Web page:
Carnation flowerThe Carnation is a native of central and Southern Europe. Since its introduction into England it is said to have escaped cultivation and to have become fixed in several localties.
In its cultivation three general classes have been established by English specialists. The selfs are planted whose flowers have a uniform color. The flakes possess a pure ground of white or yellow, flaked or striped with one color, the stripes running longitudinally through the petals.
The bizarres are such as have a pure ground, marked as in the flakes, but with two or three colors; this form possesses the most fragrance, especially when there is a frequent recurrence of the stripes. Lastly, there are the picotees, having a pure ground, each petal being bordered with a band of color. This last form includes many of the rarest varieties, and the yellow picotee is famous in several royal establishments.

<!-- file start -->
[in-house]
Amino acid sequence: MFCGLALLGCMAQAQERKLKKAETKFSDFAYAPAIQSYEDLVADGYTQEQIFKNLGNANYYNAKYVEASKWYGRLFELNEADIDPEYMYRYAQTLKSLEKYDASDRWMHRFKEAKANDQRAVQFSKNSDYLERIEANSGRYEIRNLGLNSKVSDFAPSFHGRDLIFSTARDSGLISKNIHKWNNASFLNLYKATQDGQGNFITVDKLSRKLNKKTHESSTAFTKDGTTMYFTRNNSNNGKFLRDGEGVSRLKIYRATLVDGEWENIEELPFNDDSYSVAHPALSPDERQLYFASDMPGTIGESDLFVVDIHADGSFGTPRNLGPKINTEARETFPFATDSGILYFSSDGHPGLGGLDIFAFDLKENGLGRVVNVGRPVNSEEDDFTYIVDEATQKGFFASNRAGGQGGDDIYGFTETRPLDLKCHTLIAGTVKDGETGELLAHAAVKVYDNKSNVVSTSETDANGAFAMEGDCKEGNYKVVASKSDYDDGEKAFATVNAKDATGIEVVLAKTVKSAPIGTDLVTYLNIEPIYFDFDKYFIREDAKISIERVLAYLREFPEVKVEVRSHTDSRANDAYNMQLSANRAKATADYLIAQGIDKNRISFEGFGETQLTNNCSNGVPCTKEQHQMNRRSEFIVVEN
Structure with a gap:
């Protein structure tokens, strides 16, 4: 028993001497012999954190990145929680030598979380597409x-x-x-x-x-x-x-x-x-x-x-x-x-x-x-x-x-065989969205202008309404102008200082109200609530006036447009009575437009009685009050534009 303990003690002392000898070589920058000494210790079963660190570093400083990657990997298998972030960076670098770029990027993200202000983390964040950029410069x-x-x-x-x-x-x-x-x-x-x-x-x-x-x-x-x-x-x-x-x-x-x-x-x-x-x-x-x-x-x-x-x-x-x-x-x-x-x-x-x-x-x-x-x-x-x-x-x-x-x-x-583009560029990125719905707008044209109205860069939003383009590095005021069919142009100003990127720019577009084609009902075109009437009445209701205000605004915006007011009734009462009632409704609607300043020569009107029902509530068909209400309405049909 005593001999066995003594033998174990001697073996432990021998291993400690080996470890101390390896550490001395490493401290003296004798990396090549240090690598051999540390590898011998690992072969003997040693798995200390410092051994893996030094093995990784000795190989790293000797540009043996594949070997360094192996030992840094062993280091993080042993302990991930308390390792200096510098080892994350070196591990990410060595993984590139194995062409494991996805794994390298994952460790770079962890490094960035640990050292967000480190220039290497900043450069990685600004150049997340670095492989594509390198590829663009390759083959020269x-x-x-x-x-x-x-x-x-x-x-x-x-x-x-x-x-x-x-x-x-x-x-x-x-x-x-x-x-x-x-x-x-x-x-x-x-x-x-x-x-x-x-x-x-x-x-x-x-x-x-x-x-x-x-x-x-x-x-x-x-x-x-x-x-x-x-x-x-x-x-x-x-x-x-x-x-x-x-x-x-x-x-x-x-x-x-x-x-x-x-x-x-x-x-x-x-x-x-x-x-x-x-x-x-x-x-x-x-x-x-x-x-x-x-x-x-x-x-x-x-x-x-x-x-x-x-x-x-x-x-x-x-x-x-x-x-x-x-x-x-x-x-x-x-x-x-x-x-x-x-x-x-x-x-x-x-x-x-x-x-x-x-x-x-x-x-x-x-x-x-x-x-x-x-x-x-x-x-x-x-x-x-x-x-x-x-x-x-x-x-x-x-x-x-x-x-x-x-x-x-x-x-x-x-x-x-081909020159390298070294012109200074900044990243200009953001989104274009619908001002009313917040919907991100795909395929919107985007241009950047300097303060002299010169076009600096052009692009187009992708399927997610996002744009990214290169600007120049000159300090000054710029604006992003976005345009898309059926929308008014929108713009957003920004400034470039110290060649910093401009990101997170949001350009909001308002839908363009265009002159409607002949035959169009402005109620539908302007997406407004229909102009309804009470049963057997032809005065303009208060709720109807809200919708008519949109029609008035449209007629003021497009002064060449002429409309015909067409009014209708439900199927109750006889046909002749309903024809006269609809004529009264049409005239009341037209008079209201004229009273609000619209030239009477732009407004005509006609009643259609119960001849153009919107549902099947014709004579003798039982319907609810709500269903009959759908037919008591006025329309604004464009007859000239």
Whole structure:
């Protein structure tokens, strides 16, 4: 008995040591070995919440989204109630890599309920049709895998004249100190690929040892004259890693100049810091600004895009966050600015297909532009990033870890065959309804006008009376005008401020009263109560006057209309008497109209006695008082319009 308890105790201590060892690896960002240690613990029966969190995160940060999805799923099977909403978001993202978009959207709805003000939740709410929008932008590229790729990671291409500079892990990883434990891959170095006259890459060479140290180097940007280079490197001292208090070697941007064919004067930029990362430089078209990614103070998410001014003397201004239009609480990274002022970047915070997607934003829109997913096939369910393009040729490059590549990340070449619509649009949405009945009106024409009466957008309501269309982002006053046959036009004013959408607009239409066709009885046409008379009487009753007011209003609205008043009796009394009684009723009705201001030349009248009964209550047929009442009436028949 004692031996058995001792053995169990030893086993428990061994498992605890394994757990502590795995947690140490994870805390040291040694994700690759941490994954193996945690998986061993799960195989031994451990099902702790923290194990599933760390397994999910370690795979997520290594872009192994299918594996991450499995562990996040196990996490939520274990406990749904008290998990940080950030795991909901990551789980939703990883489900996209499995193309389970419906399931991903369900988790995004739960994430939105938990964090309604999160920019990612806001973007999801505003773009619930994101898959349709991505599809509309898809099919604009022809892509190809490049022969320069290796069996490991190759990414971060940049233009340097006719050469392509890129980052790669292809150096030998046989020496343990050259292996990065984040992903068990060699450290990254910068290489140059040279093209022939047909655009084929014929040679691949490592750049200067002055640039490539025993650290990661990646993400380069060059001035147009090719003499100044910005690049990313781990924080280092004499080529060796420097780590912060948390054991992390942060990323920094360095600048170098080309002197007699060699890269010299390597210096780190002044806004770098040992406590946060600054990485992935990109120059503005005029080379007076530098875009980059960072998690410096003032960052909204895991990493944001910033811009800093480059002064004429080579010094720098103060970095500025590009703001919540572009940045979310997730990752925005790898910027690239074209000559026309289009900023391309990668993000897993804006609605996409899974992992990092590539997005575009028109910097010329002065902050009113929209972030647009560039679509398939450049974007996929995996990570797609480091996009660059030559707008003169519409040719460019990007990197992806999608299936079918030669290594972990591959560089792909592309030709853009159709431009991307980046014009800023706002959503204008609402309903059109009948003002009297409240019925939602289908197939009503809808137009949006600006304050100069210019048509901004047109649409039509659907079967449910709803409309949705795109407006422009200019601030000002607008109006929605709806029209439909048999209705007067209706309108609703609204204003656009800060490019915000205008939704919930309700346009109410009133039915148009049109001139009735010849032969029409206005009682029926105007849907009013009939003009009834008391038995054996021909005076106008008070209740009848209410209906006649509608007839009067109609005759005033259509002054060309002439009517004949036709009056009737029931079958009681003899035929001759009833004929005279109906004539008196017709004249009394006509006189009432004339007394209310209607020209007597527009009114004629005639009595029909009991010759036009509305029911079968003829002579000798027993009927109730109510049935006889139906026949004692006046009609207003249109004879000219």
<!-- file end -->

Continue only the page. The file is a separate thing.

It is a peculiar fact that rain will injure the colors of the more delicate varieties, and the florist must shield the opening flowers from direct sunlight if he would obtain the best results.
In the perfect flower, the pod and calyx should be long, the flower circular, not less than three inches in diameter, rising gradually towards the center, so as to form a sort of crown. The outer petals should be large and few in number, rising slightly above the calyx and spreading horizontally, the other petals being regularly disposed above them, nearly flat, diminishing in size towards the center. The ground should be a pure color and the petals wax-like.
The carnation is allied to the pink family, and consequently is related to the modest Indian pink, the Chinese pink, and the Sweet William. These lowly forms doubtless nourish a secret pride in their relationship to the illustrious head of the house, concerning which Shakespeare said, " The fairest flowers of the season are our carnations."